San Francisco Leverages Health Permits to Combat Wage Theft Wage theft is a national epidemic that hurts workers, responsible employers, and the local economy. After learning through participatory research collaborations that wage theft impacts the health of many low-wage and immigrant workers, the San Francisco Department of Public Health, California, leveraged their restaurant health permitting process to hold employers accountable for wages stolen from employees. Browse the case studies What underlies our approach? To systematically dismantle the patterns of othering and exclusion in government practice, we must pursue a wall-to-wall transformation of how local health departments work internally, with communities, and alongside other government agencies.
A plan for media promotion of breastfeeding and your group Activity 1: Access to prenatal breastfeeding education is critical. It offers a solid knowledge base of skills and information to give new mothers the best start to breastfeeding.
A thorough breastfeeding curriculum will include risks of not breastfeeding, common breastfeeding challenges, when to seek help, and how to talk to family members and employers about the importance of breastfeeding. All families in Oregon will possess the skills and resources to breastfeed.
Find the teachable moment. For example, one creative organization went to a low income housing development occupied primarily by African Americans, and recruited grandmothers who were supportive of breastfeeding and trained them as peer counselors.
The grandmothers were then provided gifts and party foods to host baby showers for expectant mothers. The party theme was encouragement of breastfeeding, which was echoed in the stories, gifts, and support presented by the elders. Curriculum development If a more traditional class model is the goal, locate materials already produced and adapt them.
Check local WIC and childbirth educators, or find ways to support what those people are already doing. One of the most important resources the class will provide is a community resource list showing where the participant can get after hours help, emergency help, and low cost or free breastpumps.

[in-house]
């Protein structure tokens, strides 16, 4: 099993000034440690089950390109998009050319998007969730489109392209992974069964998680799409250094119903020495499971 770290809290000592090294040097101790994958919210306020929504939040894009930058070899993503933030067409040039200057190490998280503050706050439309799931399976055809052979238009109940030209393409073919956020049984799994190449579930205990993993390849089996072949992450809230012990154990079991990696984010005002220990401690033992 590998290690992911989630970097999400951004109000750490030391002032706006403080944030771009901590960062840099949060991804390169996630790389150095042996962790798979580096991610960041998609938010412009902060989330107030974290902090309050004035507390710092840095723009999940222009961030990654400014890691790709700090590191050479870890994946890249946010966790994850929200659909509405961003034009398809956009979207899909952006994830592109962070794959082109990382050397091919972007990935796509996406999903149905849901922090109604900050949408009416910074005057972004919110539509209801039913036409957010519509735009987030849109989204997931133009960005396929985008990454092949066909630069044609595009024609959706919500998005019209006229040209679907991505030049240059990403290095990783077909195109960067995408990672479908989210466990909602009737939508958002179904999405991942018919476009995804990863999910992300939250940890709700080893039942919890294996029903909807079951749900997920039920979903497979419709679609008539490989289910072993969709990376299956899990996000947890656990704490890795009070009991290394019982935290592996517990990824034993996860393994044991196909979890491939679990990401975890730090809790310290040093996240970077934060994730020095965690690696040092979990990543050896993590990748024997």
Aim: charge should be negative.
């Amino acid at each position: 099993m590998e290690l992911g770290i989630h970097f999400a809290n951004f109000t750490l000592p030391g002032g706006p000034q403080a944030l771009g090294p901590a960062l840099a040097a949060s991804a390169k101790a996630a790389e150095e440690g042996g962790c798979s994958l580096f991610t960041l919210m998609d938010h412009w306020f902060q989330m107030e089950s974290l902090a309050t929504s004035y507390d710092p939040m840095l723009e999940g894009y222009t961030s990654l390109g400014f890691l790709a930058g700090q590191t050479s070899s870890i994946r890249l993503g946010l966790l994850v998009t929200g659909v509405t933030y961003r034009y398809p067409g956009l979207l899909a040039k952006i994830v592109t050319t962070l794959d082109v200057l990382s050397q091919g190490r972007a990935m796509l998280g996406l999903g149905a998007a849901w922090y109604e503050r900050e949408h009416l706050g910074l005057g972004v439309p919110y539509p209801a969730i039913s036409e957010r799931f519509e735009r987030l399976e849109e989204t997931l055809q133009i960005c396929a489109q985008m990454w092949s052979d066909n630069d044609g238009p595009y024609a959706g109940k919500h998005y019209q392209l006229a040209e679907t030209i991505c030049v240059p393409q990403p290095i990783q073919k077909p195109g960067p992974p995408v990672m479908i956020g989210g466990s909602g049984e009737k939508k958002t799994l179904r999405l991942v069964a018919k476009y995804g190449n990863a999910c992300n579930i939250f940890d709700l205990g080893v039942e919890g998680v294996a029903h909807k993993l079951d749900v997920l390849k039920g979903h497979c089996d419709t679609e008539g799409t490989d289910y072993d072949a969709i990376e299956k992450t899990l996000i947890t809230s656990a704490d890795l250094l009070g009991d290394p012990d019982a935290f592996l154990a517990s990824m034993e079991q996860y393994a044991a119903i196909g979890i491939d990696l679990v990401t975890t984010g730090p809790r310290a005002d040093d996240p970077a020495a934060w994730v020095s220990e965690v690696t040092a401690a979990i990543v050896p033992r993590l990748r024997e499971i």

Location Where possible, partner with organizations serving target populations and bring the curriculum to them. Teachers Technical lactation components can be taught by hospital, community or WIC LC; Trained Peer Counselors with LC support can be teachers Staff from partner organizations serving target populations can be trained to integrate lactation training in their curriculum example: Head Start or teen parent programs.
Students Program participants in community partner organizations Advertise availability of classes in libraries, childbirth educators, OB and midwifery clinics, and other likely places. Funding When the classes are taught by volunteers, the price to produce a prenatal breastfeeding class is quite minimal.
Many communities have space available for free health classes. Print costs are the primary expense. Take all means possible to not defer this cost to the students.
A fee for the class can be a barrier for many. Food Having food at the training has several advantages. Healthy snacks and water create a teaching opportunity, and support the pregnant mothers. Food increases attention span and likelihood for attendance, particularly if the class is in the evening.